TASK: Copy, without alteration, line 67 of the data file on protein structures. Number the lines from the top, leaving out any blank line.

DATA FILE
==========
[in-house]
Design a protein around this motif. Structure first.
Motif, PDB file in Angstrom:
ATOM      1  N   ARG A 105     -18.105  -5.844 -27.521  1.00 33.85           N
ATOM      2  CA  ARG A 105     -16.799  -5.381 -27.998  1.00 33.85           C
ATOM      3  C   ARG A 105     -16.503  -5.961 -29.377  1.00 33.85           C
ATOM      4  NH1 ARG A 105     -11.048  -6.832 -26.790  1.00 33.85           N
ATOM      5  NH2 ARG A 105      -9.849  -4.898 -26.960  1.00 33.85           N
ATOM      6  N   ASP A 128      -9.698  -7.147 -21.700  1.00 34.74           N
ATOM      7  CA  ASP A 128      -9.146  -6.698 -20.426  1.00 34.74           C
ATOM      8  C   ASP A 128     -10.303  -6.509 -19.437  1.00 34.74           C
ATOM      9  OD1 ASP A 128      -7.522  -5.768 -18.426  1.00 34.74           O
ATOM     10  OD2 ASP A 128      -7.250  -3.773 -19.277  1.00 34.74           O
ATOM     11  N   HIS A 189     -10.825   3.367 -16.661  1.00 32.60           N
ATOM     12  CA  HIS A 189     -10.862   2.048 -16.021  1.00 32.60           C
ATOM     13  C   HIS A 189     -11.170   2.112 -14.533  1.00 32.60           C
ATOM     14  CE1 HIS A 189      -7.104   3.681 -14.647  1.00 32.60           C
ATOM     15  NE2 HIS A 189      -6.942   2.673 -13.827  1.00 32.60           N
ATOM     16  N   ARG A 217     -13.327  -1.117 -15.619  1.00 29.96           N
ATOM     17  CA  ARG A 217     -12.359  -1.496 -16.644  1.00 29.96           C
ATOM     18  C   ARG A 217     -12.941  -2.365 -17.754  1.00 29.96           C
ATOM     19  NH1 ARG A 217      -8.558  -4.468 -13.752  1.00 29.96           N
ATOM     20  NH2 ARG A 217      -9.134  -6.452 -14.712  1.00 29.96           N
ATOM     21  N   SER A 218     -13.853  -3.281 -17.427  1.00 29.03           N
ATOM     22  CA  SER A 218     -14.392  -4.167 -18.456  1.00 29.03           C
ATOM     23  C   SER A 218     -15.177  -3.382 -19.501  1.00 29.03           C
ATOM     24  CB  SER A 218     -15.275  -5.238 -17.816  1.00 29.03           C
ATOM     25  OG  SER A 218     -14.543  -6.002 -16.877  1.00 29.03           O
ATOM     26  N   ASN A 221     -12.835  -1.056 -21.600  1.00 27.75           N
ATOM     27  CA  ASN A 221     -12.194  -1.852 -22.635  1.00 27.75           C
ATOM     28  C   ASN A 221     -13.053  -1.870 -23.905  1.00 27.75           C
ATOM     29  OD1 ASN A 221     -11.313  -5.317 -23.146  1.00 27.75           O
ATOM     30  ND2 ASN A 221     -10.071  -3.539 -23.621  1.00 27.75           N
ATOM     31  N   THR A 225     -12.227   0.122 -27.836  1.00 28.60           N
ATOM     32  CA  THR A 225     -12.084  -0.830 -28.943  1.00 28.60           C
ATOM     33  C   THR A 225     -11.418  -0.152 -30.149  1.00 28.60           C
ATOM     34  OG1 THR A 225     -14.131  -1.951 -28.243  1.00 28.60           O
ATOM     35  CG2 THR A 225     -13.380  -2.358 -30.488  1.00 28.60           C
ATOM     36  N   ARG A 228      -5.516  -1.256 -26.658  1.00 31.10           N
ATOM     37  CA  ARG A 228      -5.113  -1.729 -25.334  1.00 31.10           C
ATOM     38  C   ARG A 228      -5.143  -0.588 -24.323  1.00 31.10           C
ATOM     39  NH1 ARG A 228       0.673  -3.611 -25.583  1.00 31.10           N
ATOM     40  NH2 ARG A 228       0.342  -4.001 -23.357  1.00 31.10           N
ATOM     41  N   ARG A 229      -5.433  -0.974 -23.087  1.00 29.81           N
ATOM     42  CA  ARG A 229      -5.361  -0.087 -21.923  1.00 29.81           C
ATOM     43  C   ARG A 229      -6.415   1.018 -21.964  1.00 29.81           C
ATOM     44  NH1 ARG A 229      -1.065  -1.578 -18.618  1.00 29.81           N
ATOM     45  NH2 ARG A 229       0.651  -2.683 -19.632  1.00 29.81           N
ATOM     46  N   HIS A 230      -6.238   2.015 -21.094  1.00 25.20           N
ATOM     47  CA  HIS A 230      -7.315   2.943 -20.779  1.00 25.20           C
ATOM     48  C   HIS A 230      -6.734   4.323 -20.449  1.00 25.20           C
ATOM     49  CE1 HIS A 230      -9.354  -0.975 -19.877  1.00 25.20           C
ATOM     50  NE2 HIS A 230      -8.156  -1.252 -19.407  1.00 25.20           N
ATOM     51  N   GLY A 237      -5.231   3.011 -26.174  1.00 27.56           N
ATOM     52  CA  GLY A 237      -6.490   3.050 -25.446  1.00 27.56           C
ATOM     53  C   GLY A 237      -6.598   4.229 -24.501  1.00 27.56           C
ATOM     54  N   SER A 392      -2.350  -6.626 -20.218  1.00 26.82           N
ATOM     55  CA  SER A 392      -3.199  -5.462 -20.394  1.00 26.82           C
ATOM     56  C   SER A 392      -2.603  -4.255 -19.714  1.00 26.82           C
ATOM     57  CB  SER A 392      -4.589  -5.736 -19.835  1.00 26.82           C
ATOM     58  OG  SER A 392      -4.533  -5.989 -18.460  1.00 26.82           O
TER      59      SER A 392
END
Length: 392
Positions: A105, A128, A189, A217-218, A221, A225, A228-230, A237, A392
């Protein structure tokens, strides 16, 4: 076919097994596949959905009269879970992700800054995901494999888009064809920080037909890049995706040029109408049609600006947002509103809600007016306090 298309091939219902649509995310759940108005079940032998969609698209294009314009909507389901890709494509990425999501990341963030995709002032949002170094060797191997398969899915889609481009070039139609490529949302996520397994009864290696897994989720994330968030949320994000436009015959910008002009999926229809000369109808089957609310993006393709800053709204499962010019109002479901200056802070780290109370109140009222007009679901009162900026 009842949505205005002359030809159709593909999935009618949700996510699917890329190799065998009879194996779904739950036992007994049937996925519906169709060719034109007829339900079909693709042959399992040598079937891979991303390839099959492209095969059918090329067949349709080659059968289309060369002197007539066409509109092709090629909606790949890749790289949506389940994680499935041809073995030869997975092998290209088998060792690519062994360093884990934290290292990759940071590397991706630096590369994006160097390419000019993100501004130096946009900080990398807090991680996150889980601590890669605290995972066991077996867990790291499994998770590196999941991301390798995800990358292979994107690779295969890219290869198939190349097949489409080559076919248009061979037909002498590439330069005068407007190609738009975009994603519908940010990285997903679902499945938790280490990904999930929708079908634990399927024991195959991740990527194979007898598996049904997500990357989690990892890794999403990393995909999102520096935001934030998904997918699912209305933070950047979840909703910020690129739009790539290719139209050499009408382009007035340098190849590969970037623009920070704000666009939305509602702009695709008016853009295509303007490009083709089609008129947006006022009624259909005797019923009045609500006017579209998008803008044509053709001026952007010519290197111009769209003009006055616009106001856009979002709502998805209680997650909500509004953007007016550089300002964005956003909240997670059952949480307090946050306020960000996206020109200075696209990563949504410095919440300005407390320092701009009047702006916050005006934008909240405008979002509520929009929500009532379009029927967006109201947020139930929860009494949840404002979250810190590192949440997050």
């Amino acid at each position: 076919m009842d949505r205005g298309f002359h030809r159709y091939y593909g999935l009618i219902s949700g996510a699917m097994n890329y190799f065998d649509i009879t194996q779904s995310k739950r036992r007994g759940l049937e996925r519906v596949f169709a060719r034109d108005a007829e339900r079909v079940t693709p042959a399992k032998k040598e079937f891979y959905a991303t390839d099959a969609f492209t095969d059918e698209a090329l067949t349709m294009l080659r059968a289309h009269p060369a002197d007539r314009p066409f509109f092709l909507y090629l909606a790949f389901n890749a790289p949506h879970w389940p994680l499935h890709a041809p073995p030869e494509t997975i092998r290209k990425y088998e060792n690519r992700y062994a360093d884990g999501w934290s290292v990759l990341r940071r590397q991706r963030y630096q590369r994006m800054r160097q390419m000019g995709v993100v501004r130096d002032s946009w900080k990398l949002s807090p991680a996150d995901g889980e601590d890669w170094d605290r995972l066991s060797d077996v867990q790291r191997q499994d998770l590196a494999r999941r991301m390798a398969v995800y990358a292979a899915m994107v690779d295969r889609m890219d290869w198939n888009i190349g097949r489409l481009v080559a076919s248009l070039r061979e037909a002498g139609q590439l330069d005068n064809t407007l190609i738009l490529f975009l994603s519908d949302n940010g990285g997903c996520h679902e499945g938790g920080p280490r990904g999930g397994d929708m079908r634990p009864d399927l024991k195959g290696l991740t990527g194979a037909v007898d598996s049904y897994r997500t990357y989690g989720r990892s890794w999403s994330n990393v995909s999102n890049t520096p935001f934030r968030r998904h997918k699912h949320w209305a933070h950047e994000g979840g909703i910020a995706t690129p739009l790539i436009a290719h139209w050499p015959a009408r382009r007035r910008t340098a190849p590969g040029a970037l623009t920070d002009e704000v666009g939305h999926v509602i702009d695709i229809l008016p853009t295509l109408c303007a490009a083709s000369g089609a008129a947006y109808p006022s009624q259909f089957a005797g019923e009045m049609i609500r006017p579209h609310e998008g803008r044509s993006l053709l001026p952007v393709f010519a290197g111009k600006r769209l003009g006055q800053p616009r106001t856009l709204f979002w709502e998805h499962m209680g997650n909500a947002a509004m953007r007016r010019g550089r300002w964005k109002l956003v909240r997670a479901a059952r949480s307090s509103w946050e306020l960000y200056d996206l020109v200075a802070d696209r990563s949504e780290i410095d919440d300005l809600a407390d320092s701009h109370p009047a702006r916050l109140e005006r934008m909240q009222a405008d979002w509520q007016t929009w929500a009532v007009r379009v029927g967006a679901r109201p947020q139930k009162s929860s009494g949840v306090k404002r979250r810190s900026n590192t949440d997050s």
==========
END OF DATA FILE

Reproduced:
């Amino acid at each position: 076919m009842d949505r205005g298309f002359h030809r159709y091939y593909g999935l009618i219902s949700g996510a699917m097994n890329y190799f065998d649509i009879t194996q779904s995310k739950r036992r007994g759940l049937e996925r519906v596949f169709a060719r034109d108005a007829e339900r079909v079940t693709p042959a399992k032998k040598e079937f891979y959905a991303t390839d099959a969609f492209t095969d059918e698209a090329l067949t349709m294009l080659r059968a289309h009269p060369a002197d007539r314009p066409f509109f092709l909507y090629l909606a790949f389901n890749a790289p949506h879970w389940p994680l499935h890709a041809p073995p030869e494509t997975i092998r290209k990425y088998e060792n690519r992700y062994a360093d884990g999501w934290s290292v990759l990341r940071r590397q991706r963030y630096q590369r994006m800054r160097q390419m000019g995709v993100v501004r130096d002032s946009w900080k990398l949002s807090p991680a996150d995901g889980e601590d890669w170094d605290r995972l066991s060797d077996v867990q790291r191997q499994d998770l590196a494999r999941r991301m390798a398969v995800y990358a292979a899915m994107v690779d295969r889609m890219d290869w198939n888009i190349g097949r489409l481009v080559a076919s248009l070039r061979e037909a002498g139609q590439l330069d005068n064809t407007l190609i738009l490529f975009l994603s519908d949302n940010g990285g997903c996520h679902e499945g938790g920080p280490r990904g999930g397994d929708m079908r634990p009864d399927l024991k195959g290696l991740t990527g194979a037909v007898d598996s049904y897994r997500t990357y989690g989720r990892s890794w999403s994330n990393v995909s999102n890049t520096p935001f934030r968030r998904h997918k699912h949320w209305a933070h950047e994000g979840g909703i910020a995706t690129p739009l790539i436009a290719h139209w050499p015959a009408r382009r007035r910008t340098a190849p590969g040029a970037l623009t920070d002009e704000v666009g939305h999926v509602i702009d695709i229809l008016p853009t295509l109408c303007a490009a083709s000369g089609a008129a947006y109808p006022s009624q259909f089957a005797g019923e009045m049609i609500r006017p579209h609310e998008g803008r044509s993006l053709l001026p952007v393709f010519a290197g111009k600006r769209l003009g006055q800053p616009r106001t856009l709204f979002w709502e998805h499962m209680g997650n909500a947002a509004m953007r007016r010019g550089r300002w964005k109002l956003v909240r997670a479901a059952r949480s307090s509103w946050e306020l960000y200056d996206l020109v200075a802070d696209r990563s949504e780290i410095d919440d300005l809600a407390d320092s701009h109370p009047a702006r916050l109140e005006r934008m909240q009222a405008d979002w509520q007016t929009w929500a009532v007009r379009v029927g967006a679901r109201p947020q139930k009162s929860s009494g949840v306090k404002r979250r810190s900026n590192t949440d997050s």